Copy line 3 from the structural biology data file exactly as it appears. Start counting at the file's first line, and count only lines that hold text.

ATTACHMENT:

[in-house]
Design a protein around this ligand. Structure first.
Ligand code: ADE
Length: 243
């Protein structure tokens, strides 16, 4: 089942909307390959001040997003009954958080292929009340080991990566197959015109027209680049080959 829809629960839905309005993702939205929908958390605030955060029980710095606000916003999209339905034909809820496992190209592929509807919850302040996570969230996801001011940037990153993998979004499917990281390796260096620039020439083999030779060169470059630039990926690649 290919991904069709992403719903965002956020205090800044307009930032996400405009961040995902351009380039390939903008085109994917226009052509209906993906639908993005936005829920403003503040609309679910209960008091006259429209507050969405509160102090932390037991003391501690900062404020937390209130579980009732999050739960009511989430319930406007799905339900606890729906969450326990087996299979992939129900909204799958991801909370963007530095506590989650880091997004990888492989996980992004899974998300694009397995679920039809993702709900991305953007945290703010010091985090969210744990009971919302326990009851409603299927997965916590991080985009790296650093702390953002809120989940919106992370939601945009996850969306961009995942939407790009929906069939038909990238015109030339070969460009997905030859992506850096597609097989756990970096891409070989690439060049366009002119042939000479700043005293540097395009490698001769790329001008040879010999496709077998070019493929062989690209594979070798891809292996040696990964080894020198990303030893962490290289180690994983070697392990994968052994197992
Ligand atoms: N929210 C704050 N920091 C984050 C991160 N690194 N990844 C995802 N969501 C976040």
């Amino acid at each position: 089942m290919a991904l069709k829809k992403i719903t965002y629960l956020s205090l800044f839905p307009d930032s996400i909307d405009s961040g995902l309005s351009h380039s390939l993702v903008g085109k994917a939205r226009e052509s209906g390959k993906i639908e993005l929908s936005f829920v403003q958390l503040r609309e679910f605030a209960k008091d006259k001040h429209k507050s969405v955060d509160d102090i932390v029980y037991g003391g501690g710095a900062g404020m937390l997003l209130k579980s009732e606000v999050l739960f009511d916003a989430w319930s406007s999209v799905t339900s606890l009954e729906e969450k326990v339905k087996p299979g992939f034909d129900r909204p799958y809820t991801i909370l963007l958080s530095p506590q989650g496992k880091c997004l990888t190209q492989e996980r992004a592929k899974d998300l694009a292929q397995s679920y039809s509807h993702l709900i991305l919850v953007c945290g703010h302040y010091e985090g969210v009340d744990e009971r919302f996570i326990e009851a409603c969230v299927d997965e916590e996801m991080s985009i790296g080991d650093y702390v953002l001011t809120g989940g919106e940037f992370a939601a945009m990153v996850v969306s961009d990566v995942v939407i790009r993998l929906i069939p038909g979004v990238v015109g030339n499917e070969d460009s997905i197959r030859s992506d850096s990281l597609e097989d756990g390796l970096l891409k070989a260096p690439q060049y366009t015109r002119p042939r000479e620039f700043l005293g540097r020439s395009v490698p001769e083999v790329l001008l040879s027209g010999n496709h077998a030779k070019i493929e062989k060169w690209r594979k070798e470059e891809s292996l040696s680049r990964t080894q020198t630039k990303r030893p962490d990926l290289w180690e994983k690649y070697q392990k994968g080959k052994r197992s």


Ligand code: ADE